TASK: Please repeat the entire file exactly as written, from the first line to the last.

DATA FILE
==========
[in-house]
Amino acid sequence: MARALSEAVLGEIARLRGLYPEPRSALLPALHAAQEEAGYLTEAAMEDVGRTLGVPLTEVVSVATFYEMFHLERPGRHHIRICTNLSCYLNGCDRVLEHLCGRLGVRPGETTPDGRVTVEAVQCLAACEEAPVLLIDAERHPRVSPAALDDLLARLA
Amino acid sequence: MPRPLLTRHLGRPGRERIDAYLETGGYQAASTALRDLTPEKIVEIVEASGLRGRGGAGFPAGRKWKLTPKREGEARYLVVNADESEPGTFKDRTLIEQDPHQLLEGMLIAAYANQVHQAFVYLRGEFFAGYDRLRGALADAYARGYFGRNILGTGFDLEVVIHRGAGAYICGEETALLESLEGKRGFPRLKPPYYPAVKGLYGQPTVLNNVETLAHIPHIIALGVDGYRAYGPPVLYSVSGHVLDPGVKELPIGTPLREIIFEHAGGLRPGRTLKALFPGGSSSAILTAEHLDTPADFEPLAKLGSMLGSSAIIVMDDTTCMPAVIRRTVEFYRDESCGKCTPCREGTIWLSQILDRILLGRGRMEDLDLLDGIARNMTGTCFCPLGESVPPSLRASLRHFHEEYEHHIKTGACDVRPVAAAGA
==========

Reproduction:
[in-house]
Amino acid sequence: MARALSEAVLGEIARLRGLYPEPRSALLPALHAAQEEAGYLTEAAMEDVGRTLGVPLTEVVSVATFYEMFHLERPGRHHIRICTNLSCYLNGCDRVLEHLCGRLGVRPGETTPDGRVTVEAVQCLAACEEAPVLLIDAERHPRVSPAALDDLLARLA
Amino acid sequence: MPRPLLTRHLGRPGRERIDAYLETGGYQAASTALRDLTPEKIVEIVEASGLRGRGGAGFPAGRKWKLTPKREGEARYLVVNADESEPGTFKDRTLIEQDPHQLLEGMLIAAYANQVHQAFVYLRGEFFAGYDRLRGALADAYARGYFGRNILGTGFDLEVVIHRGAGAYICGEETALLESLEGKRGFPRLKPPYYPAVKGLYGQPTVLNNVETLAHIPHIIALGVDGYRAYGPPVLYSVSGHVLDPGVKELPIGTPLREIIFEHAGGLRPGRTLKALFPGGSSSAILTAEHLDTPADFEPLAKLGSMLGSSAIIVMDDTTCMPAVIRRTVEFYRDESCGKCTPCREGTIWLSQILDRILLGRGRMEDLDLLDGIARNMTGTCFCPLGESVPPSLRASLRHFHEEYEHHIKTGACDVRPVAAAGA